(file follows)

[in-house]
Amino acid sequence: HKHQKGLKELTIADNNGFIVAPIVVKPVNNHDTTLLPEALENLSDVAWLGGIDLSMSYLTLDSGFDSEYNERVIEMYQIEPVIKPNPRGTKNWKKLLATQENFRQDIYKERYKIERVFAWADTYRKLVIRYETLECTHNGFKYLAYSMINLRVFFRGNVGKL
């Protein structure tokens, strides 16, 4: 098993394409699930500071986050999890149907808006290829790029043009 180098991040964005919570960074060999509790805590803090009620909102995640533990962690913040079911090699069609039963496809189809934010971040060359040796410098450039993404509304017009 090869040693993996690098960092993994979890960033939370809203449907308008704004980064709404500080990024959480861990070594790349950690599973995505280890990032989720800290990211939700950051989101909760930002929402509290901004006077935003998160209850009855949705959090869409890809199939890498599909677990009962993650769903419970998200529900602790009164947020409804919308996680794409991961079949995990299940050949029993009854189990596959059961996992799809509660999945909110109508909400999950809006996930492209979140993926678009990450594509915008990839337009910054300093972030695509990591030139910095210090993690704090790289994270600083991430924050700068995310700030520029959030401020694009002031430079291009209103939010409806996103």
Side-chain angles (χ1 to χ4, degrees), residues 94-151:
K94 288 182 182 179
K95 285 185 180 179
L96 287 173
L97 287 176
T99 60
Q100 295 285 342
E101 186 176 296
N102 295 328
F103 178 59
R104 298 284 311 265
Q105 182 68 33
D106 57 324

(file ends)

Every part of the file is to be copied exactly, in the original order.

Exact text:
[in-house]
Amino acid sequence: HKHQKGLKELTIADNNGFIVAPIVVKPVNNHDTTLLPEALENLSDVAWLGGIDLSMSYLTLDSGFDSEYNERVIEMYQIEPVIKPNPRGTKNWKKLLATQENFRQDIYKERYKIERVFAWADTYRKLVIRYETLECTHNGFKYLAYSMINLRVFFRGNVGKL
């Protein structure tokens, strides 16, 4: 098993394409699930500071986050999890149907808006290829790029043009 180098991040964005919570960074060999509790805590803090009620909102995640533990962690913040079911090699069609039963496809189809934010971040060359040796410098450039993404509304017009 090869040693993996690098960092993994979890960033939370809203449907308008704004980064709404500080990024959480861990070594790349950690599973995505280890990032989720800290990211939700950051989101909760930002929402509290901004006077935003998160209850009855949705959090869409890809199939890498599909677990009962993650769903419970998200529900602790009164947020409804919308996680794409991961079949995990299940050949029993009854189990596959059961996992799809509660999945909110109508909400999950809006996930492209979140993926678009990450594509915008990839337009910054300093972030695509990591030139910095210090993690704090790289994270600083991430924050700068995310700030520029959030401020694009002031430079291009209103939010409806996103």
Side-chain angles (χ1 to χ4, degrees), residues 94-151:
K94 288 182 182 179
K95 285 185 180 179
L96 287 173
L97 287 176
T99 60
Q100 295 285 342
E101 186 176 296
N102 295 328
F103 178 59
R104 298 284 311 265
Q105 182 68 33
D106 57 324